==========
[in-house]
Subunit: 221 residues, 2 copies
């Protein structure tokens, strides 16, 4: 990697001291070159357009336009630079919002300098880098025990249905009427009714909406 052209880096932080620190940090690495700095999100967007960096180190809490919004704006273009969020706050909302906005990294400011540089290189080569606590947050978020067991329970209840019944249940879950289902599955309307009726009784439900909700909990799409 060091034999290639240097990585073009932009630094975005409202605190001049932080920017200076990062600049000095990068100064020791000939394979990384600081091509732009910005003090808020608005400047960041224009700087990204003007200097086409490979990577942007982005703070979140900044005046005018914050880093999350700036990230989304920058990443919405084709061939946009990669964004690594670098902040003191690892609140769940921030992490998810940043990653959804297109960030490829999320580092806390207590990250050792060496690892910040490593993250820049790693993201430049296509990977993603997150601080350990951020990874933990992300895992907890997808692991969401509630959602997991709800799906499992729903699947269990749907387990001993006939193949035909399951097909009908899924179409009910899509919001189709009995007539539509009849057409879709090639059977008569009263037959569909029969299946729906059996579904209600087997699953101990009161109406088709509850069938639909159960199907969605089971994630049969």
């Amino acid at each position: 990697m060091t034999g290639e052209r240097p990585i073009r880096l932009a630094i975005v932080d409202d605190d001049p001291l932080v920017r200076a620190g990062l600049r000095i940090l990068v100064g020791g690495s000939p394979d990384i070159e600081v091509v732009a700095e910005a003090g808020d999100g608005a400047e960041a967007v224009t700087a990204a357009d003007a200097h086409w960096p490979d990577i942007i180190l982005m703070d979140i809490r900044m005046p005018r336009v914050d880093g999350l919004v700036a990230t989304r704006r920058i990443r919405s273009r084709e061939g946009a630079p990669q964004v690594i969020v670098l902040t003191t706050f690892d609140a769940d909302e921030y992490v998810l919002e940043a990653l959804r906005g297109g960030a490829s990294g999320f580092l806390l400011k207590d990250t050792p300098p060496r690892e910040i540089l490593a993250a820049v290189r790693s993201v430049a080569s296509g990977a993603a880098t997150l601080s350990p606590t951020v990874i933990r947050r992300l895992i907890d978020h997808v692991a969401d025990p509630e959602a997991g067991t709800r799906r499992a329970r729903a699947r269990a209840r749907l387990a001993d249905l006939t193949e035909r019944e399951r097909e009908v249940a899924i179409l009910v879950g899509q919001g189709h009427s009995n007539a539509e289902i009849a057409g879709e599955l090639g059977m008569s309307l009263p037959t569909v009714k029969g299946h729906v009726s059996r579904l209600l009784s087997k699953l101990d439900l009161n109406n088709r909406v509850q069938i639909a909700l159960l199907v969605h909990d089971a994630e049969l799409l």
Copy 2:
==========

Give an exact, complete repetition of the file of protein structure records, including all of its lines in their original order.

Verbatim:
[in-house]
Subunit: 221 residues, 2 copies
């Protein structure tokens, strides 16, 4: 990697001291070159357009336009630079919002300098880098025990249905009427009714909406 052209880096932080620190940090690495700095999100967007960096180190809490919004704006273009969020706050909302906005990294400011540089290189080569606590947050978020067991329970209840019944249940879950289902599955309307009726009784439900909700909990799409 060091034999290639240097990585073009932009630094975005409202605190001049932080920017200076990062600049000095990068100064020791000939394979990384600081091509732009910005003090808020608005400047960041224009700087990204003007200097086409490979990577942007982005703070979140900044005046005018914050880093999350700036990230989304920058990443919405084709061939946009990669964004690594670098902040003191690892609140769940921030992490998810940043990653959804297109960030490829999320580092806390207590990250050792060496690892910040490593993250820049790693993201430049296509990977993603997150601080350990951020990874933990992300895992907890997808692991969401509630959602997991709800799906499992729903699947269990749907387990001993006939193949035909399951097909009908899924179409009910899509919001189709009995007539539509009849057409879709090639059977008569009263037959569909029969299946729906059996579904209600087997699953101990009161109406088709509850069938639909159960199907969605089971994630049969």
């Amino acid at each position: 990697m060091t034999g290639e052209r240097p990585i073009r880096l932009a630094i975005v932080d409202d605190d001049p001291l932080v920017r200076a620190g990062l600049r000095i940090l990068v100064g020791g690495s000939p394979d990384i070159e600081v091509v732009a700095e910005a003090g808020d999100g608005a400047e960041a967007v224009t700087a990204a357009d003007a200097h086409w960096p490979d990577i942007i180190l982005m703070d979140i809490r900044m005046p005018r336009v914050d880093g999350l919004v700036a990230t989304r704006r920058i990443r919405s273009r084709e061939g946009a630079p990669q964004v690594i969020v670098l902040t003191t706050f690892d609140a769940d909302e921030y992490v998810l919002e940043a990653l959804r906005g297109g960030a490829s990294g999320f580092l806390l400011k207590d990250t050792p300098p060496r690892e910040i540089l490593a993250a820049v290189r790693s993201v430049a080569s296509g990977a993603a880098t997150l601080s350990p606590t951020v990874i933990r947050r992300l895992i907890d978020h997808v692991a969401d025990p509630e959602a997991g067991t709800r799906r499992a329970r729903a699947r269990a209840r749907l387990a001993d249905l006939t193949e035909r019944e399951r097909e009908v249940a899924i179409l009910v879950g899509q919001g189709h009427s009995n007539a539509e289902i009849a057409g879709e599955l090639g059977m008569s309307l009263p037959t569909v009714k029969g299946h729906v009726s059996r579904l209600l009784s087997k699953l101990d439900l009161n109406n088709r909406v509850q069938i639909a909700l159960l199907v969605h909990d089971a994630e049969l799409l």
Copy 2: